Established in 2016, the British Council’s Cultural Protection Fund, in partnership with the UK Government’s Department for Digital, Culture, Media and Sport, offers financial backing for projects that tackle the threat from climate change to cultural heritage in Ethiopia, Kenya, Tanzania and Uganda. In November last year, the Fund awarded five global heritage projects including the development of disaster risk management strategies for preserving Kenyan and Tanzanian coastal heritage at risk due to rising sea levels, and protection against the impact of flood threats to communities and monuments in Uganda.

Constructing a more sustainable future

With cement production responsible for 8 - 12% of the world’s CO2 emissions, the race is on to find a sustainable alternative for the construction industry. As part of our African Net Zero series, we spoke to Wolfram Schmidt from Bundesanstalt für Materialforschung und -prüfung (BAM) about his research into alternative materials like cassava and other agricultural residues as a source of ‘green’ African-made cement for future sustainable construction on the Continent. You can watch the full video here.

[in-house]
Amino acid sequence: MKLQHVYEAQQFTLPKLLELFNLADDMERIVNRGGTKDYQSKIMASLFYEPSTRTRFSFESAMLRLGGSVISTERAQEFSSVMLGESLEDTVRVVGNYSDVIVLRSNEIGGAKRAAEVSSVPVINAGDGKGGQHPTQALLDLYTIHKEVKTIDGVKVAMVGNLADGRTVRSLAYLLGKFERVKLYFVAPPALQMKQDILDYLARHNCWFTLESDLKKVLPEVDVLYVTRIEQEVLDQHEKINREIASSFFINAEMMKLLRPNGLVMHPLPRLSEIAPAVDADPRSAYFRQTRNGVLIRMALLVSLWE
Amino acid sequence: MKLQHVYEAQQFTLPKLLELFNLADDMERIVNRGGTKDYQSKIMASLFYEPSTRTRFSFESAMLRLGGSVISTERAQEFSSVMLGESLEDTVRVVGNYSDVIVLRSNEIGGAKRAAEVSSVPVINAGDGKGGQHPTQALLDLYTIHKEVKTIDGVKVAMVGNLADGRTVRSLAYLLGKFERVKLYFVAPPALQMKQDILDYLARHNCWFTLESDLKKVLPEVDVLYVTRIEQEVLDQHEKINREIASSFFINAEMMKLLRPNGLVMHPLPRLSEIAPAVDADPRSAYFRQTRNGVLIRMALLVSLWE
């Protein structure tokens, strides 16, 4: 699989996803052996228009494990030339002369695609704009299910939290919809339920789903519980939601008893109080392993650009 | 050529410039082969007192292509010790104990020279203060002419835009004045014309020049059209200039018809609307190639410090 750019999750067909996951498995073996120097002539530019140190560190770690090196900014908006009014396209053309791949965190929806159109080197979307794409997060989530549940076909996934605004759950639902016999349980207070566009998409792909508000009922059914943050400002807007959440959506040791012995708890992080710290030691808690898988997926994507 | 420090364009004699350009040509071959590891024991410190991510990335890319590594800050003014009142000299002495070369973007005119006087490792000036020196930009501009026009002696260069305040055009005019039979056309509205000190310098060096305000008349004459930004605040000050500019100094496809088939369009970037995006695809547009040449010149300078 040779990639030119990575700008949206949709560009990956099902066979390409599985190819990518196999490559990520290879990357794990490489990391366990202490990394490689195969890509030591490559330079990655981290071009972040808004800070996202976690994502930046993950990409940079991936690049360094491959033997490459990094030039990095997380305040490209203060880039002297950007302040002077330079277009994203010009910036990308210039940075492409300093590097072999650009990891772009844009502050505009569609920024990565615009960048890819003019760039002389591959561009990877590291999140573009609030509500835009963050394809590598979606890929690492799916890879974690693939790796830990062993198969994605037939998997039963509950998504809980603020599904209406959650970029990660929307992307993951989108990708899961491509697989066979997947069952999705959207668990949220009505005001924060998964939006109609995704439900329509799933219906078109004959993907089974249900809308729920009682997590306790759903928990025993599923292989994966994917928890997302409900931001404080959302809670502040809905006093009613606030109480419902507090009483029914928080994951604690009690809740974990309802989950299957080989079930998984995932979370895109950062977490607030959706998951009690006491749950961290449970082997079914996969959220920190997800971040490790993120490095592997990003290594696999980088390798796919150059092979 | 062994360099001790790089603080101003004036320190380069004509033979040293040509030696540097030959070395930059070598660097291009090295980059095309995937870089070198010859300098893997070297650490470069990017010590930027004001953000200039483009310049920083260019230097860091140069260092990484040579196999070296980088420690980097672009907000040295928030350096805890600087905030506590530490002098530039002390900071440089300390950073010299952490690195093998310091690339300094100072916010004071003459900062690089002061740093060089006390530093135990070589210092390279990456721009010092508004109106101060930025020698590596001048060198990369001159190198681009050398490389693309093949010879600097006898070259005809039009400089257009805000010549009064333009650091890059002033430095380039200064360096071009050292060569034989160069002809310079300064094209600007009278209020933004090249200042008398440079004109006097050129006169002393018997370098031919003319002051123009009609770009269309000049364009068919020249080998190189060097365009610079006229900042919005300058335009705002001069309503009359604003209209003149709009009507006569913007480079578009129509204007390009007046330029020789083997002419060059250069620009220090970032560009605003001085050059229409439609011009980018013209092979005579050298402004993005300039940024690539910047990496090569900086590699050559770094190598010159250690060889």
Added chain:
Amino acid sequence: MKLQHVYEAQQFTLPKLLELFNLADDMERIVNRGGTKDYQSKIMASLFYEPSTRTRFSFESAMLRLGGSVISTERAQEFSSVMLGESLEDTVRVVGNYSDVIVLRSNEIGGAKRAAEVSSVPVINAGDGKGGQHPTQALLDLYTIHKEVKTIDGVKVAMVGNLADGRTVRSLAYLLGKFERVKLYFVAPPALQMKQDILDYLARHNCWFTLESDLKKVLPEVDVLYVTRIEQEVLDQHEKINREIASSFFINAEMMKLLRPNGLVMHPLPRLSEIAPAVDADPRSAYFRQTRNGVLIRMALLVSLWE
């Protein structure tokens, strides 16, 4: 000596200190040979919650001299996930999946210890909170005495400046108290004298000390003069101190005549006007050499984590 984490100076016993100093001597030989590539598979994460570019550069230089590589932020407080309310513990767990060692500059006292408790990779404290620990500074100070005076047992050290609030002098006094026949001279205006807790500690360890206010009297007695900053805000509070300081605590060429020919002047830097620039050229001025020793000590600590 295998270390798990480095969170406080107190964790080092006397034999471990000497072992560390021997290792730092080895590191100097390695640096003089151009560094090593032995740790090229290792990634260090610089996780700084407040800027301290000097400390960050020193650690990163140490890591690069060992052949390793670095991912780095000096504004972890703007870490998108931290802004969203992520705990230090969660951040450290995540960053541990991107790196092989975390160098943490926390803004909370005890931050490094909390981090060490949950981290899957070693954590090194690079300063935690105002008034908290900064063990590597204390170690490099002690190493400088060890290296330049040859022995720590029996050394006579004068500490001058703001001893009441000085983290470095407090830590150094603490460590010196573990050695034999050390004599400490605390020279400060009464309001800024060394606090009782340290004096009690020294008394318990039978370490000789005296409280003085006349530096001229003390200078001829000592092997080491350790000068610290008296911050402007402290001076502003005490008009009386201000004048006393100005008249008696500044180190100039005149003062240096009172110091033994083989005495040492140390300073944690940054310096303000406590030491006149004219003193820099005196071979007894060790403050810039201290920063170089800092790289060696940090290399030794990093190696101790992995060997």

Shining a light on our Top 5 B Corps

As a long-established B Corp (Gong was among the first UK communications agencies to achieve certification in 2017), we have built a healthy network of B Corp ‘friends’. We’re even lucky enough to work with some of them. Here are our top five (though to be honest, we could have made this a much longer list!) in honour of B Corp month:

Volans

Volans is a think-tank and advisory firm operating at the leading edge of regenerative innovation to help catalyse systemic change. It was the first B Corp in the UK and incubated the movement here, so well deserving of the #1 recommendation slot. It is a great pleasure to be able to work with them to amplify their client initiatives and partnerships in the media. A recent example is Bankers for Net Zero, an initiative that brings together banking leaders and other key stakeholders to accelerate the flow of finance towards net zero-aligned activities. Widespread media pick up including Yahoo, Reuters and the New York Times generated new enquiries from further potential collaborators – their network continues to grow. generated new enquiries from further potential collaborators – their network continues to grow.